The higher the temperature of the BGE and the longer the cooking time, the higher the internal temperature of the meat. The meat will reach a plateau temperature and will hold there as long as there is enough moisture remaining to wick away heat. As soon as the moisture is gone, the internal meat temperature will start to climb. This is the same way your body functions - moisture wicks away heat, keeping you cooler. If you loose all of your moisture, your internal temperature will climb.

Too low a cooking chamber temperature and without long enough time will result in the meat not being pasteurized, which is dangerous.  Therefore, you need to have the meat come up to the 160 dF temperature for a sufficient length of time to pasteurize it (see USDA for details on this).

The lower the temperature you cook at, the longer it takes the meat to reach the desired temperature and to tenderize. However, cooking for too long dries out the meat. Your goal is pull-apart tender, and maximum moisture. Adjusting temperatures and length of time will affect this. Better meat is always produced at lower temperatures that yield safe pasteurized meat, and will require longer times. Since we want the meat to reach a temperature of at least 160dF, then we need an oven temperature more-then 160 dF.

The meat is muscle; the muscle fibers have a protein wound around them. This protein is tough.

The best BBQ doesn't need any sauce. Learn what it taste like before adding sauce. I recommend leaving sauces and rubs off when just starting out, so you can better judge the quality of your cooking efforts on the meat.

I always take the skin off. I do this because it otherwise adds a lot of grease to the BGE, it keeps the outside 'bark' from forming where the skin is intact, and it keeps the smoke from getting to all sides of the meat.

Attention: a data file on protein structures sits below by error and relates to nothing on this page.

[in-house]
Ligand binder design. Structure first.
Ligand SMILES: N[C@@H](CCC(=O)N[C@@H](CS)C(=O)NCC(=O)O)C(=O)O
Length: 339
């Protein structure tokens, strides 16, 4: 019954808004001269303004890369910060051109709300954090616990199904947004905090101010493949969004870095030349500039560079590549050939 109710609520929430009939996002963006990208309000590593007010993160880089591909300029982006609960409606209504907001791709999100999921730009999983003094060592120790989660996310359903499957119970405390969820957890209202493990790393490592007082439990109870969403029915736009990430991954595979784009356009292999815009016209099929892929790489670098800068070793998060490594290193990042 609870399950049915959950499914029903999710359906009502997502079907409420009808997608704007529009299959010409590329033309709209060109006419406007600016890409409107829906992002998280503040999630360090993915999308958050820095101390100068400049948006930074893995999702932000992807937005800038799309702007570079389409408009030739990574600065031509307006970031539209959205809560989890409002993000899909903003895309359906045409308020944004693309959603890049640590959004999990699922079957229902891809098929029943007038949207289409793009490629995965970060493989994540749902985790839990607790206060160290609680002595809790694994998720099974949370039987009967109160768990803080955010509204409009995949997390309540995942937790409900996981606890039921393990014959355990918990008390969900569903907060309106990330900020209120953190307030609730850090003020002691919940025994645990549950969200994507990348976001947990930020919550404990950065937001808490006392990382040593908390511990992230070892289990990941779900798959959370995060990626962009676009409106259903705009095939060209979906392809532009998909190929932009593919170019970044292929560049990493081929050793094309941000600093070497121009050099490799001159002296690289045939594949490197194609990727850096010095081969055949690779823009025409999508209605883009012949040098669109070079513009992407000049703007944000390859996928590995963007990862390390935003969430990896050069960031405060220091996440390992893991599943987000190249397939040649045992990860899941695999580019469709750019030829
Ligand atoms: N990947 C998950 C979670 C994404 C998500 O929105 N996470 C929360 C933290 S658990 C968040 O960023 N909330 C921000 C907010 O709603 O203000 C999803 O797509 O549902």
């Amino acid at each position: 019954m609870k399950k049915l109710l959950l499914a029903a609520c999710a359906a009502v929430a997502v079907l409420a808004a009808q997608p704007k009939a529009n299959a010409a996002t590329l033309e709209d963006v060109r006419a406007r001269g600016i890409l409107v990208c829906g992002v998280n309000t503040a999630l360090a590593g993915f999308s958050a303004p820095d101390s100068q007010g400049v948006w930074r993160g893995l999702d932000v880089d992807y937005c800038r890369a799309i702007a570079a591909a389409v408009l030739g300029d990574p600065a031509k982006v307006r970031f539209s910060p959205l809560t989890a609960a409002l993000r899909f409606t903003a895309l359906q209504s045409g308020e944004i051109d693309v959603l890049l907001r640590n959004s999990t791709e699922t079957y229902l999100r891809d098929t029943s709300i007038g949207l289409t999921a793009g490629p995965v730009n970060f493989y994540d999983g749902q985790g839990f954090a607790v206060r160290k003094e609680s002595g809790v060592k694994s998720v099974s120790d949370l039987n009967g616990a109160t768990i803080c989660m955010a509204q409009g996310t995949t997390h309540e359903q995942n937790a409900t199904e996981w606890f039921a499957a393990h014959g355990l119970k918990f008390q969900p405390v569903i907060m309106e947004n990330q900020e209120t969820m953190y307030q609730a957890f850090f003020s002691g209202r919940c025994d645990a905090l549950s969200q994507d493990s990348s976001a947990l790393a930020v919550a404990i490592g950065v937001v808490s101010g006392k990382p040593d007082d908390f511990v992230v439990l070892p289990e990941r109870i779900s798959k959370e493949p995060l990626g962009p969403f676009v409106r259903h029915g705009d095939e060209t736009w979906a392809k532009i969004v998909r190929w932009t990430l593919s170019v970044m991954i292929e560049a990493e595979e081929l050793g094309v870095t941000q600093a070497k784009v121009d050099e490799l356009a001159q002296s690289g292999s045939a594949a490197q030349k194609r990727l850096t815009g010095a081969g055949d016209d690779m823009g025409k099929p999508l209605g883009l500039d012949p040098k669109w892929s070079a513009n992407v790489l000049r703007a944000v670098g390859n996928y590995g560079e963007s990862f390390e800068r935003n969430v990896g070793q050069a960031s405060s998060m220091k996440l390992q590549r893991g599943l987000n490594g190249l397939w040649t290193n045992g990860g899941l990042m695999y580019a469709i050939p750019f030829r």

Moisture that moves from the inside of the meat to the surface (sweating), will dry there (Maillard Browning). There is a lot of flavor here! This is called 'bark', as in 'tree bark'. It will be a little tough, like beef tack or jerky.

Smoke will produce a pink ring on the inside of the meat, just below the surface. This is done; the pink indicates smoking, not rawness.  It is a chemical reaction from the smoke.

Lump charcoal is preferred. Briquettes sometimes have chemical binders to keep it together. You can make your own lump if you want to - ask me how!

Do not use lighter fluid, use olive oil instead, sprayed onto a couple of pieces of paper, balled up and put under a chimney lighter.

When pouring the charcoal into the BGE, try to keep all the fine dust particles out - they inhibit air flow at first until they burn away.

Big pieces of meat don't change temperature real quick, so some temperature excursions can be tolerated without ruining the BBQ. For that same reason, you can also add/subtract time without too much of an impact. For instance, maybe you'd prefer to pull the meat off at 22 hours instead of 24 hours, or go to 25 hours - both should work out fine.